I've been reading Abstract and Concrete Categories: The Joy of Cats by Adámek, et al. They take a slightly different approach to defining categories, since they operate with a theory of collections that has three sorts: sets, classes (collections "too big" to be sets), and conglomerates (collections "too big" to be classes).
They don't give a definition of "locally small category" (unless I missed it) but they distinguish between quasicategories and categories. The way they define categories simpliciter seems to coincide with how I've seen locally small categories defined -- a class-sized collection of objects with only hom-sets (no "hom-classes") for the collections of arrows between objects.
A consequence of this (I believe) is that the collection of morphisms of a category will be at most class-sized. This comports with the usual two sorted collection approaches to category theory that I've seen since they don't have any larger-than-class-sized notion of collection so they wouldn't be able to make sense of anything larger than a class-sized collection of morphisms anyway.
This got me to wondering what the nice-making properties of local smallness really were. A few questions on this front:
Is it crucial that the collection of morphisms be at most class-sized? Or is it enough that you have only hom-sets?
Would a quasicategory with a conglomerate sized collection of objects but only hom-sets have the nice-making features of locally small categories? Obviously their collection of morphisms would be conglomerate-sized because there would be conglomerate-many identity arrows on the objects, but is this something that would render them "less nice" to use than locally small categories (i.e., assuming only class-many objects)?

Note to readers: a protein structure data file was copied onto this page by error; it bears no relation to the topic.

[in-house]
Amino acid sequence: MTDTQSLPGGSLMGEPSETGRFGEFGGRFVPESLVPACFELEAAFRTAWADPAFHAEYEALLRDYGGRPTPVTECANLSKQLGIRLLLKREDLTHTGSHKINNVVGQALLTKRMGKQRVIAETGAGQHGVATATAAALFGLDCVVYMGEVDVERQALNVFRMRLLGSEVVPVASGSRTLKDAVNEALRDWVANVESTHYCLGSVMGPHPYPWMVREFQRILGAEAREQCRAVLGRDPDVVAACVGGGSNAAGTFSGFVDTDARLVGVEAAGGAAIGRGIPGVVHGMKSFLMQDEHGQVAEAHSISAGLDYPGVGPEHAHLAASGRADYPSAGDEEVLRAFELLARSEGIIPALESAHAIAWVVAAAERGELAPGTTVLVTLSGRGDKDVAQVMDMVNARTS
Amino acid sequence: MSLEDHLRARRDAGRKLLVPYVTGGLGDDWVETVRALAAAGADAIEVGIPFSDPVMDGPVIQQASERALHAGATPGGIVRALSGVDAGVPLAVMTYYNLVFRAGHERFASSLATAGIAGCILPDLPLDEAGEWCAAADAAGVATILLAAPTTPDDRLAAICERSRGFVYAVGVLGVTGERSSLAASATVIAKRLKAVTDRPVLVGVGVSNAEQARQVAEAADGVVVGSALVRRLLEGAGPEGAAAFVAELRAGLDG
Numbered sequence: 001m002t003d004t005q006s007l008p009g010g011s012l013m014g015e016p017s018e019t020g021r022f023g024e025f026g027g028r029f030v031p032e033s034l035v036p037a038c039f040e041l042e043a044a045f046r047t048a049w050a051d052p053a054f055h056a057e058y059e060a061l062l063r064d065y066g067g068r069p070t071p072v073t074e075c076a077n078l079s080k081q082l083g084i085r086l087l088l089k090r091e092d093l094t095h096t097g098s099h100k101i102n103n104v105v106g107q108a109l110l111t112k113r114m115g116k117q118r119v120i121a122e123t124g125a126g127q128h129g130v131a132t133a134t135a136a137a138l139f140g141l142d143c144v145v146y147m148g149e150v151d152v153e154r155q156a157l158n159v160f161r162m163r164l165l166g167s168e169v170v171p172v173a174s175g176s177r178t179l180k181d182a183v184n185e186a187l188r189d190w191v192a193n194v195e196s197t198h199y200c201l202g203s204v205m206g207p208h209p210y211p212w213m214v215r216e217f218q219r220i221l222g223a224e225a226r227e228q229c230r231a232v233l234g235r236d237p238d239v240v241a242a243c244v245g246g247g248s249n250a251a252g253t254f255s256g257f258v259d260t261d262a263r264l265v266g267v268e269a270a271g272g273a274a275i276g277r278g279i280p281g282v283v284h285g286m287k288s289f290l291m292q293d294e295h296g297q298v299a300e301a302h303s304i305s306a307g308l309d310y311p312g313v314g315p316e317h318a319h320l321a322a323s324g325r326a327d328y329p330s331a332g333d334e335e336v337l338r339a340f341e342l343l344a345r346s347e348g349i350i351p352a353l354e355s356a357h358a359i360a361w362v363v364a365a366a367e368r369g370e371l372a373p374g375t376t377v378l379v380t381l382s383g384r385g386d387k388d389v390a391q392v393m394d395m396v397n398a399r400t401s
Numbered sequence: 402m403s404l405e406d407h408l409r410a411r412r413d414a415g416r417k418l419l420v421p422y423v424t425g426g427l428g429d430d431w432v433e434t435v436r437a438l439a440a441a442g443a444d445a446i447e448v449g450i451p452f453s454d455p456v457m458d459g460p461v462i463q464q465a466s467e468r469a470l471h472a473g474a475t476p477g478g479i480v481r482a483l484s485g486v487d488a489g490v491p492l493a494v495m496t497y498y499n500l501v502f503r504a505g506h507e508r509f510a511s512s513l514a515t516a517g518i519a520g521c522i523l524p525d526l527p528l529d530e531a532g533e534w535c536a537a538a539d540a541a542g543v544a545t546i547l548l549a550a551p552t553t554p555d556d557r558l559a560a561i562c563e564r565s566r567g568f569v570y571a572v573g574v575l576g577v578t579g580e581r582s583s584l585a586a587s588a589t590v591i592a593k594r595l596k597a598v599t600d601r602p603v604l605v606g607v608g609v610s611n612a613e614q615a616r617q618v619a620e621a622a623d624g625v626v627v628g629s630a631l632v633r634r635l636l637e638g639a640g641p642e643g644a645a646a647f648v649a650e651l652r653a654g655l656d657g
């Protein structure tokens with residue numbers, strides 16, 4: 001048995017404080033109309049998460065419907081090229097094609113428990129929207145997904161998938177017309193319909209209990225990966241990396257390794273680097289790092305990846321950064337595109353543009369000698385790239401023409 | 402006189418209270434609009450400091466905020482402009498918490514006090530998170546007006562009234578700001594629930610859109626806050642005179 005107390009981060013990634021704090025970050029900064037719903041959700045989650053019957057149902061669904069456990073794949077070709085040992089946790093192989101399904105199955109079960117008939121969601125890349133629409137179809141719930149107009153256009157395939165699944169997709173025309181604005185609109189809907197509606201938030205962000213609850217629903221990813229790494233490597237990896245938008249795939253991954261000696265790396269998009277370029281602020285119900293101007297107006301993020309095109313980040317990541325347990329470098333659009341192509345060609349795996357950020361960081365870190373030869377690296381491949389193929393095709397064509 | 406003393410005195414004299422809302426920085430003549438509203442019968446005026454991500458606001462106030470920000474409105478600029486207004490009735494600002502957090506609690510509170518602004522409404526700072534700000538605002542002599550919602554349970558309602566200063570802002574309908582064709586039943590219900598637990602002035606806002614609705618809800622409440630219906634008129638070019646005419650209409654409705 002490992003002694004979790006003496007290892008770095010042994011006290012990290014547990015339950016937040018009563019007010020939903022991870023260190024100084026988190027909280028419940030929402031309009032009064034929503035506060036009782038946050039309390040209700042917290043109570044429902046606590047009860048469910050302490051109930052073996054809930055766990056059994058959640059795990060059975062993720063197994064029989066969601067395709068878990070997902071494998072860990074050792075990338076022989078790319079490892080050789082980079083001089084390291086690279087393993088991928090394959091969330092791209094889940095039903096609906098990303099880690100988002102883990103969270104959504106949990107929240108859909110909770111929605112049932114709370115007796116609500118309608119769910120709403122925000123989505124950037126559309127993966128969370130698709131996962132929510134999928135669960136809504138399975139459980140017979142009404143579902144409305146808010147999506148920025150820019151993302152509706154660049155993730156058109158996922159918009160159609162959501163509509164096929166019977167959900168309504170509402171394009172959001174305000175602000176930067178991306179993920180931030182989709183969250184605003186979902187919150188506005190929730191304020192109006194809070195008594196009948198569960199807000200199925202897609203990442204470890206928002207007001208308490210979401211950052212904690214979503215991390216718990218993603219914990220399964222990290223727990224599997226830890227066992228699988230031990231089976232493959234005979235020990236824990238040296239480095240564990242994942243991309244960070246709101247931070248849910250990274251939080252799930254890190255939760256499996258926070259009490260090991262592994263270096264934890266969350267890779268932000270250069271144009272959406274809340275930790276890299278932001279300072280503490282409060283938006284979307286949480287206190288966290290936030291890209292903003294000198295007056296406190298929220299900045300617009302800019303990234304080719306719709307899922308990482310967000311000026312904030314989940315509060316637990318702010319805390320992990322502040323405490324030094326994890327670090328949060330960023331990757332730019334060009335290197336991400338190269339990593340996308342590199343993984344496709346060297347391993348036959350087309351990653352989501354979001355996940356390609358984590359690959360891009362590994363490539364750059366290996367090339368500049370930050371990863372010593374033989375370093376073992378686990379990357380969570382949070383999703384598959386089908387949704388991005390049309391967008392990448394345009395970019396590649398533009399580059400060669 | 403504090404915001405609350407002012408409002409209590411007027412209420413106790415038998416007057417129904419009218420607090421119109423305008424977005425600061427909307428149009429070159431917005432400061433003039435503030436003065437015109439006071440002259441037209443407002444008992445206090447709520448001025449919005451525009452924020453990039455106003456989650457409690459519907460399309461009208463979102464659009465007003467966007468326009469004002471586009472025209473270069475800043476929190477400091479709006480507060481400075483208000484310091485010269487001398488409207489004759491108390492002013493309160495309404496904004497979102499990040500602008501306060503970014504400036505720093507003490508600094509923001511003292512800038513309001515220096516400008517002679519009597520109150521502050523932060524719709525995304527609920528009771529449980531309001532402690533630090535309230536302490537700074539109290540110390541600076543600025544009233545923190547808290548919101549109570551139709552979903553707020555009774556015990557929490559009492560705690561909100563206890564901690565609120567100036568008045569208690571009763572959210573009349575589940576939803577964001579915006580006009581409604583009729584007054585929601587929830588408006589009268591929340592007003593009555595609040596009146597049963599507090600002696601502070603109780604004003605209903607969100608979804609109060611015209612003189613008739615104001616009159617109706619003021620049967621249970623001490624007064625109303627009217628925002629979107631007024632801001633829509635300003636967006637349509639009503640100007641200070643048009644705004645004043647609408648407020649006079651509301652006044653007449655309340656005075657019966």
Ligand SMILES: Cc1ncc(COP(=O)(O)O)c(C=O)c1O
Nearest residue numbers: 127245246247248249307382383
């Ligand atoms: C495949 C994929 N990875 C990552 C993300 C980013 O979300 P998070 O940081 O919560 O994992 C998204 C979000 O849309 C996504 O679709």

My speculative thought is that the restriction to class-many objects is necessary because you want something like a functorial embedding of the locally small categories into the category of sets, but since the universe of sets is class-size, this wouldn't be possible if you had conglomerate-many objects (and hence conglomerate-many morphisms). Is something along these lines right?
TL;DR What's so great about locally small categories, and if there were more than class-many objects in a (quasi)category with only hom-sets would that be "just as good" as a locally small category?